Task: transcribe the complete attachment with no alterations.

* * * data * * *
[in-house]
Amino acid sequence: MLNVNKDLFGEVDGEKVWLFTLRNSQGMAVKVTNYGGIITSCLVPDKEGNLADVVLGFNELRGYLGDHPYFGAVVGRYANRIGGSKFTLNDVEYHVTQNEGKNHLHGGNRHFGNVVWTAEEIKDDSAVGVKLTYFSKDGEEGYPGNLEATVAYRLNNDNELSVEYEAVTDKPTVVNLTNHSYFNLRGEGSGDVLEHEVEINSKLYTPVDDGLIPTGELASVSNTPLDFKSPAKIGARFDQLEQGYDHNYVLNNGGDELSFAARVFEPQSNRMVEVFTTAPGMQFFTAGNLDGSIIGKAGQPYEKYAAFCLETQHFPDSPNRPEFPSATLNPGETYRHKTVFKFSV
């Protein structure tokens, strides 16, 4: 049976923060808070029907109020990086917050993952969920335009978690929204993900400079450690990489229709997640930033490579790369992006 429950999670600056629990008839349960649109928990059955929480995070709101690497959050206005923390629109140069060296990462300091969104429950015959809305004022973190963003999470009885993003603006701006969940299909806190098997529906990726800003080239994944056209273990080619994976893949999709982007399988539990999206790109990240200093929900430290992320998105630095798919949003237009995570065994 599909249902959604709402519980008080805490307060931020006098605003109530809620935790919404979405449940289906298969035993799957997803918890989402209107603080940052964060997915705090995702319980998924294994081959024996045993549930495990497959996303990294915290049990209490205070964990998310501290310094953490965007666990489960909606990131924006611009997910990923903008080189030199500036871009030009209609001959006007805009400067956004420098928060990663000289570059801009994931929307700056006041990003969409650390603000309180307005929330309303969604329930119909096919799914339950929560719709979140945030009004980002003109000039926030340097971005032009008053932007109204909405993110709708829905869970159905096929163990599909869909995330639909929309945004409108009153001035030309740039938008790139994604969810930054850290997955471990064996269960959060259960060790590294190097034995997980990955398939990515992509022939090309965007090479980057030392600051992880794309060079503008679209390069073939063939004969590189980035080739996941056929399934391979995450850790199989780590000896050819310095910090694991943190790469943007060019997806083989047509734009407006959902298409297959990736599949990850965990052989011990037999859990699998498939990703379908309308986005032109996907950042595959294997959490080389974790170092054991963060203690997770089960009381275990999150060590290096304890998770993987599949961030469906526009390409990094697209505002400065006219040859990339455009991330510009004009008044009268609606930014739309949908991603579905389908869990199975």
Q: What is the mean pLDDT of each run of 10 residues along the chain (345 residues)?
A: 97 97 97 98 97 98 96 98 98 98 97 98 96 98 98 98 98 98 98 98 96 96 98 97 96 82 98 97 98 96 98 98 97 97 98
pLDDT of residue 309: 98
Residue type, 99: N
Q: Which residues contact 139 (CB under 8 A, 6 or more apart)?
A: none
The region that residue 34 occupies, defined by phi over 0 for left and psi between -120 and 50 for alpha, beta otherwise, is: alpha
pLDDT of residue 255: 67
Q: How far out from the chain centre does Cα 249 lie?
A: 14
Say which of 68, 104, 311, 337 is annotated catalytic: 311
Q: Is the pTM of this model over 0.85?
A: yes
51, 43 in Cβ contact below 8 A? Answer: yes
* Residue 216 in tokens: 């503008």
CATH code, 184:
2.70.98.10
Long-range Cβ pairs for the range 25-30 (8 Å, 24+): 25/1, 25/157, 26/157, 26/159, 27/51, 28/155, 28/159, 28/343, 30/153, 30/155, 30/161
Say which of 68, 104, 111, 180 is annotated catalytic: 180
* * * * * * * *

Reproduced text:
[in-house]
Amino acid sequence: MLNVNKDLFGEVDGEKVWLFTLRNSQGMAVKVTNYGGIITSCLVPDKEGNLADVVLGFNELRGYLGDHPYFGAVVGRYANRIGGSKFTLNDVEYHVTQNEGKNHLHGGNRHFGNVVWTAEEIKDDSAVGVKLTYFSKDGEEGYPGNLEATVAYRLNNDNELSVEYEAVTDKPTVVNLTNHSYFNLRGEGSGDVLEHEVEINSKLYTPVDDGLIPTGELASVSNTPLDFKSPAKIGARFDQLEQGYDHNYVLNNGGDELSFAARVFEPQSNRMVEVFTTAPGMQFFTAGNLDGSIIGKAGQPYEKYAAFCLETQHFPDSPNRPEFPSATLNPGETYRHKTVFKFSV
């Protein structure tokens, strides 16, 4: 049976923060808070029907109020990086917050993952969920335009978690929204993900400079450690990489229709997640930033490579790369992006 429950999670600056629990008839349960649109928990059955929480995070709101690497959050206005923390629109140069060296990462300091969104429950015959809305004022973190963003999470009885993003603006701006969940299909806190098997529906990726800003080239994944056209273990080619994976893949999709982007399988539990999206790109990240200093929900430290992320998105630095798919949003237009995570065994 599909249902959604709402519980008080805490307060931020006098605003109530809620935790919404979405449940289906298969035993799957997803918890989402209107603080940052964060997915705090995702319980998924294994081959024996045993549930495990497959996303990294915290049990209490205070964990998310501290310094953490965007666990489960909606990131924006611009997910990923903008080189030199500036871009030009209609001959006007805009400067956004420098928060990663000289570059801009994931929307700056006041990003969409650390603000309180307005929330309303969604329930119909096919799914339950929560719709979140945030009004980002003109000039926030340097971005032009008053932007109204909405993110709708829905869970159905096929163990599909869909995330639909929309945004409108009153001035030309740039938008790139994604969810930054850290997955471990064996269960959060259960060790590294190097034995997980990955398939990515992509022939090309965007090479980057030392600051992880794309060079503008679209390069073939063939004969590189980035080739996941056929399934391979995450850790199989780590000896050819310095910090694991943190790469943007060019997806083989047509734009407006959902298409297959990736599949990850965990052989011990037999859990699998498939990703379908309308986005032109996907950042595959294997959490080389974790170092054991963060203690997770089960009381275990999150060590290096304890998770993987599949961030469906526009390409990094697209505002400065006219040859990339455009991330510009004009008044009268609606930014739309949908991603579905389908869990199975």
Q: What is the mean pLDDT of each run of 10 residues along the chain (345 residues)?
A: 97 97 97 98 97 98 96 98 98 98 97 98 96 98 98 98 98 98 98 98 96 96 98 97 96 82 98 97 98 96 98 98 97 97 98
pLDDT of residue 309: 98
Residue type, 99: N
Q: Which residues contact 139 (CB under 8 A, 6 or more apart)?
A: none
The region that residue 34 occupies, defined by phi over 0 for left and psi between -120 and 50 for alpha, beta otherwise, is: alpha
pLDDT of residue 255: 67
Q: How far out from the chain centre does Cα 249 lie?
A: 14
Say which of 68, 104, 311, 337 is annotated catalytic: 311
Q: Is the pTM of this model over 0.85?
A: yes
51, 43 in Cβ contact below 8 A? Answer: yes
* Residue 216 in tokens: 């503008």
CATH code, 184:
2.70.98.10
Long-range Cβ pairs for the range 25-30 (8 Å, 24+): 25/1, 25/157, 26/157, 26/159, 27/51, 28/155, 28/159, 28/343, 30/153, 30/155, 30/161
Say which of 68, 104, 111, 180 is annotated catalytic: 180